When we moved from northern Virginia to the mountains of West Virginia in 1974, people (especially my parents) thought we were nuts. Didn't we know that the state was steeped in poverty, the people were ignorant and there were no jobs?
No, we didn't know any of that. All we knew was John Denver's song. An accidental trip over the mountains was all it took for me to fall in love. I vowed I would live here one day. It took three years to accomplish the move, but finally I was able to turn my back on the speeding, chaotic world that Manassas had become.
We learned the hard way. There were few jobs, and we weren't really trained for any of them. The people, contrary to the opinion of the folks in Virginia, were not ignorant at all--they were pretty damned savvy and we were caught green-handed many a time. Poverty, we found, is a relative term. People had less but they were happier, more satisfied and less stressed. All the kids wore the same clothes to school, and all of them had muddy shoes, no matter how much money their parents made.
What we found was a place where everyone supports the elementary school festivals, there is time to stop and talk to your neighbor along the road, and food is abundant if you're willing to do the work required. Hard work is admired, big talking is not. Family and church come first. Home is a close second.
Drought and the uncertainty of farm income sent me to work full-time and gradually we moved away from farming, although we stayed on the farm I have owned since 1976. Life got easier, but crazier as we juggled child care for a new baby, jobs, school, and other responsibilities. It seemed like it got crazier as the years passed, not better; although there was more money, there were more expenses too.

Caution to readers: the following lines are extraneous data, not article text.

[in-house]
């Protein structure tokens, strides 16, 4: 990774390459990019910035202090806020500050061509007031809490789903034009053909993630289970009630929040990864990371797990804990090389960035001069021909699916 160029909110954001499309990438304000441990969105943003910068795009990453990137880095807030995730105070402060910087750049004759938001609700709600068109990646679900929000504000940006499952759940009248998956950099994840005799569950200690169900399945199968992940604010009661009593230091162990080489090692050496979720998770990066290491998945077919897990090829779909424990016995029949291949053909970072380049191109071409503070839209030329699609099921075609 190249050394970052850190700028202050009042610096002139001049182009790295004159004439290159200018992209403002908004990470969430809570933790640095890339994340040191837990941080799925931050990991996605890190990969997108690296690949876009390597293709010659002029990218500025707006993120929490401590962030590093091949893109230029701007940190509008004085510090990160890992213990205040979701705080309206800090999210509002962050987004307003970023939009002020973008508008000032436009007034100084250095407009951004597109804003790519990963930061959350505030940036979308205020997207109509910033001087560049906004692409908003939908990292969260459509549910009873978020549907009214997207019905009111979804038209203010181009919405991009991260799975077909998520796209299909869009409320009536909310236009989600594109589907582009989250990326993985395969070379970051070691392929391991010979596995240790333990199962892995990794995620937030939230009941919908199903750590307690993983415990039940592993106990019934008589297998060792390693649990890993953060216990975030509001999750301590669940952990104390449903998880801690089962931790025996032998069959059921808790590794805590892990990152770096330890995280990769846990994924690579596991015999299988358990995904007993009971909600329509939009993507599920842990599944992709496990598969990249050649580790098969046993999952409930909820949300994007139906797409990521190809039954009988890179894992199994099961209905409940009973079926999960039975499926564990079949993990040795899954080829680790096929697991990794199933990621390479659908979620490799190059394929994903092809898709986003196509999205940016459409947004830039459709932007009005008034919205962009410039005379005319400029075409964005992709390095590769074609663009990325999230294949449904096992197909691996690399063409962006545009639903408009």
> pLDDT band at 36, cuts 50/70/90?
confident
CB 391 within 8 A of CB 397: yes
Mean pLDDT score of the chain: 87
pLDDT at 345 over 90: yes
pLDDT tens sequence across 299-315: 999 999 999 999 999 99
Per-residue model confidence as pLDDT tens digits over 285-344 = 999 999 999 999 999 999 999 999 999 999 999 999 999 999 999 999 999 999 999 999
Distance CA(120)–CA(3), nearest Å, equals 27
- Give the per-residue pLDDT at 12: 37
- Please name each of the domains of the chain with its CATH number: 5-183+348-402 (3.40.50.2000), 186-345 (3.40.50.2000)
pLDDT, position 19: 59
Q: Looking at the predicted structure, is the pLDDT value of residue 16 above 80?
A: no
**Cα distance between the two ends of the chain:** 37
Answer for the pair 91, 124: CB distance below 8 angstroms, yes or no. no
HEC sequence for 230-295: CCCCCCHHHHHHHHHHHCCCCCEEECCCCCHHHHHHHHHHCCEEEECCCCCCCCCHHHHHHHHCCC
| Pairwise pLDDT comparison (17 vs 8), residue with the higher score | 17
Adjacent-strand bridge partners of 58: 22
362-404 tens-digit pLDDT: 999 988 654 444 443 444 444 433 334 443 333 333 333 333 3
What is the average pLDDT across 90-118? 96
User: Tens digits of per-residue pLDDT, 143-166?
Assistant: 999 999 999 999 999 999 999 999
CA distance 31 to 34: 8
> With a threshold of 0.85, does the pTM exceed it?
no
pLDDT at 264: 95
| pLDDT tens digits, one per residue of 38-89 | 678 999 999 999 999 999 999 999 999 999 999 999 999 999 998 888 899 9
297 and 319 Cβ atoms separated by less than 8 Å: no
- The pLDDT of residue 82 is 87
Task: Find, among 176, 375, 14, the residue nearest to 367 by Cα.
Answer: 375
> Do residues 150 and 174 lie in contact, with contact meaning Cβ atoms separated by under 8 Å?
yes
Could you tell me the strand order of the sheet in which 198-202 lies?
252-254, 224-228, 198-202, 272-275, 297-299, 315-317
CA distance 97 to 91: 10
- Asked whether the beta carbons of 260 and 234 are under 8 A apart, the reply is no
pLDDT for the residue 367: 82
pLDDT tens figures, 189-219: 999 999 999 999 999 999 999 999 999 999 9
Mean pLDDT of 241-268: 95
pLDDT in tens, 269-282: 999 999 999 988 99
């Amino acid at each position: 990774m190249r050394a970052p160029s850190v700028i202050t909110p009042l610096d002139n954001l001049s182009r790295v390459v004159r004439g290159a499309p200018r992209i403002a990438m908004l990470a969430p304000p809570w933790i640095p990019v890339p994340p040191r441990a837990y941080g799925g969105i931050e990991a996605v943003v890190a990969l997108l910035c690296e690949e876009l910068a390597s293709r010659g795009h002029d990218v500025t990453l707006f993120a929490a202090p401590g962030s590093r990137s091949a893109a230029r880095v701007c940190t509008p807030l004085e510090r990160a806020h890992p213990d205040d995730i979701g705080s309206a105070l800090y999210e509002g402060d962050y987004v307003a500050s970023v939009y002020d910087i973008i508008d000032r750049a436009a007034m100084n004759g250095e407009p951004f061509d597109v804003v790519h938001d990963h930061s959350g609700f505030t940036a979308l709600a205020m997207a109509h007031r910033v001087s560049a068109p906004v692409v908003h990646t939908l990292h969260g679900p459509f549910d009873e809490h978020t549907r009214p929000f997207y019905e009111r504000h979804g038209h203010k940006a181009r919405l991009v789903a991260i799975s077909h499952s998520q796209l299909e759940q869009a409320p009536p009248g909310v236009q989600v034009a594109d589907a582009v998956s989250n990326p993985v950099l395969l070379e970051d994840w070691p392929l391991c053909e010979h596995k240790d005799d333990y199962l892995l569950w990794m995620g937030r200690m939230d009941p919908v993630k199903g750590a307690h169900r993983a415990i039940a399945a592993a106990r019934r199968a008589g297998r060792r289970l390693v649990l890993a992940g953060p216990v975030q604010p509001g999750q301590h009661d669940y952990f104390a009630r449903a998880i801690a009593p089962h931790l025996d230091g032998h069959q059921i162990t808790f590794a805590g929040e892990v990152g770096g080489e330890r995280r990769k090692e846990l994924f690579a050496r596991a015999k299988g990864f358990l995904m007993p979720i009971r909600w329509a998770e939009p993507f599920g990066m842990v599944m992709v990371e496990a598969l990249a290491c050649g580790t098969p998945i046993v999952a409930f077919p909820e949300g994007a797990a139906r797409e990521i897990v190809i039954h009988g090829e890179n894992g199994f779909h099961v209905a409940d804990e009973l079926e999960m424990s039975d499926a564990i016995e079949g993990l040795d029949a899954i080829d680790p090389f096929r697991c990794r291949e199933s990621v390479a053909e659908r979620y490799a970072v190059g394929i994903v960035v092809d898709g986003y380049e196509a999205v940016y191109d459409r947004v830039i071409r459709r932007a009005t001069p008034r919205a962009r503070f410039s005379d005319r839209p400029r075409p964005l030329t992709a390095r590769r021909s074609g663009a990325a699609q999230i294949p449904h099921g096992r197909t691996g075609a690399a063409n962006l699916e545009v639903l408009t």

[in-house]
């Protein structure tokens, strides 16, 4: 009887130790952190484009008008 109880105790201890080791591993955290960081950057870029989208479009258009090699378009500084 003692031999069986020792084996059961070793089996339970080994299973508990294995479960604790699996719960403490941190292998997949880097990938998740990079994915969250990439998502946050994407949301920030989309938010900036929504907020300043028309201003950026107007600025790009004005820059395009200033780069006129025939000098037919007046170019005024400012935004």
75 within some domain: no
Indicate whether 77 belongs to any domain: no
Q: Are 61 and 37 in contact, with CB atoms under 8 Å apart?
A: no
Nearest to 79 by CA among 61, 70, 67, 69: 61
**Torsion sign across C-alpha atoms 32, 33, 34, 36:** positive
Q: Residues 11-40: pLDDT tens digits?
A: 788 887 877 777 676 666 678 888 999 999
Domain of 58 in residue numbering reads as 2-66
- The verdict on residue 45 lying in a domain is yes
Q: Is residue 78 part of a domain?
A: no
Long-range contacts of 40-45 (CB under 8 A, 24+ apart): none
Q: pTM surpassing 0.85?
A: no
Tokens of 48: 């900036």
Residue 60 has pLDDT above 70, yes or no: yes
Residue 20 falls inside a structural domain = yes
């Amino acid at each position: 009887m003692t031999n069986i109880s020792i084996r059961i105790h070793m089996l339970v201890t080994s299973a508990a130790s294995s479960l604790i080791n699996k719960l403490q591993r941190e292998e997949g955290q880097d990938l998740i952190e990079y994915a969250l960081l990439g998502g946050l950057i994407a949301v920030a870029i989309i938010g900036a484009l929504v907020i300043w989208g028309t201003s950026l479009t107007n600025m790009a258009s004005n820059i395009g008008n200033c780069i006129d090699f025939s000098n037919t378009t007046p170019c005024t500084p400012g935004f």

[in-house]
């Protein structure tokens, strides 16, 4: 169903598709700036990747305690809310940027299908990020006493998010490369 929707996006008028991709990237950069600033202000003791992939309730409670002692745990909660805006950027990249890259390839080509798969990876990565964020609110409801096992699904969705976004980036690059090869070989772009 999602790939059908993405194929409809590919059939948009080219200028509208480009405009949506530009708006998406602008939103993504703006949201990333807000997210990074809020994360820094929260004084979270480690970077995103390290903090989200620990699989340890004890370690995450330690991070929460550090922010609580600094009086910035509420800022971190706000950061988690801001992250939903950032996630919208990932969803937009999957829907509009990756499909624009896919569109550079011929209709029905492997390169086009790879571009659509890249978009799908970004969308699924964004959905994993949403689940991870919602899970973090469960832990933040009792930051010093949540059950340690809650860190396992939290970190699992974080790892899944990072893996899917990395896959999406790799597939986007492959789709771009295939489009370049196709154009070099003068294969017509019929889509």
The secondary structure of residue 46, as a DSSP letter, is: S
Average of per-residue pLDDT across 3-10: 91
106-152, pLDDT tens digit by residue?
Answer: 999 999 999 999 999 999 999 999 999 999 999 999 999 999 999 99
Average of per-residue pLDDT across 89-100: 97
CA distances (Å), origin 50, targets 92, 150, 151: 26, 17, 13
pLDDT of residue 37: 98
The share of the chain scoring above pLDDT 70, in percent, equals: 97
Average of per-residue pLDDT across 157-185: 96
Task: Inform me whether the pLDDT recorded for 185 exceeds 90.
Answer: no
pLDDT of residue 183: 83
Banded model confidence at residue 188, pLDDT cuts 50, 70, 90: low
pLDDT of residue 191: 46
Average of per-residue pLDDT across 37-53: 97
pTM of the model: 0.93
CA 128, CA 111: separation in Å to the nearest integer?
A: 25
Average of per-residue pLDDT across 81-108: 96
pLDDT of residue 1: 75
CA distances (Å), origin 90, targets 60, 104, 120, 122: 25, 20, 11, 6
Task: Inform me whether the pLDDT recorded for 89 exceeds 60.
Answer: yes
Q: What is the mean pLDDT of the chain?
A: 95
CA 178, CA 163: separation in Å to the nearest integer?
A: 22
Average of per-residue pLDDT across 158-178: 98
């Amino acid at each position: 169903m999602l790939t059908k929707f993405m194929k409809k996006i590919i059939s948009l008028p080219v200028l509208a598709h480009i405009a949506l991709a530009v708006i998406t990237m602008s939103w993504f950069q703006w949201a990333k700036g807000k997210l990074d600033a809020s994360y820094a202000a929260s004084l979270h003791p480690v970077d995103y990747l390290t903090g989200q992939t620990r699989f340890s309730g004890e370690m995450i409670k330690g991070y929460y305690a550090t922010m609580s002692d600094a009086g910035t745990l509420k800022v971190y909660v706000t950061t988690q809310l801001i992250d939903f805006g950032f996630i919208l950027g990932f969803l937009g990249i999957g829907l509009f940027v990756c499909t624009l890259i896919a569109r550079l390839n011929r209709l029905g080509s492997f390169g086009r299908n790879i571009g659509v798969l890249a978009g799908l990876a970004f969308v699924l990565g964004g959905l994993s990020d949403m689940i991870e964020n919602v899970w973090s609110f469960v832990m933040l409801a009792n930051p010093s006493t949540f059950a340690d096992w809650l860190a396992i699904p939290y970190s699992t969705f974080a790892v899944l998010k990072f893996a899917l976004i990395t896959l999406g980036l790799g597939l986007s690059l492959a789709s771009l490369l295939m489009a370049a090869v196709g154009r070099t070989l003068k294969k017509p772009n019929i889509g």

In the past few years, we've been making our way back to the way of life I loved so well. It feels very good, and as the economy crashes around us, we can look to the full cellar, freezer and woodshed with a sense of security. It's not everything a person needs, but it covers a lot of the basics for survival.
When we visited my parents in northern Virginia, I was always struck with a sense of make-believe--the too-big houses, fancy cars, incredible number of stores selling high-dollar wares, and everywhere a sense of people spending like crazy for...what? The place was crowded, full of traffic, roads lined with trash and billboards for new housing developments that promised "luxury living" and "restricted community" (ugh--what does that mean? I hate to think). A trip to buy groceries could mean taking life in hand to dodge traffic and angry drivers. Mothers in stores talked in loud voices about their child's various activities, the sale at a specialty store, and their latest golf outing, as if they needed to let the world know that somehow these things made them better than the rest of us. Or perhaps that was my perception because I felt alien to the things their life.
I was always glad to return home, where the road is bumpy, there is high interest in what a neighbor is building in his barnyard, and wood smoke perfumes the air. It's not fancy here, but it's real, and we are always surrounded by beauty. Those who thought I was nuts for moving here probably still think so. But I'll take my nuts country style; it's the flavor I like best.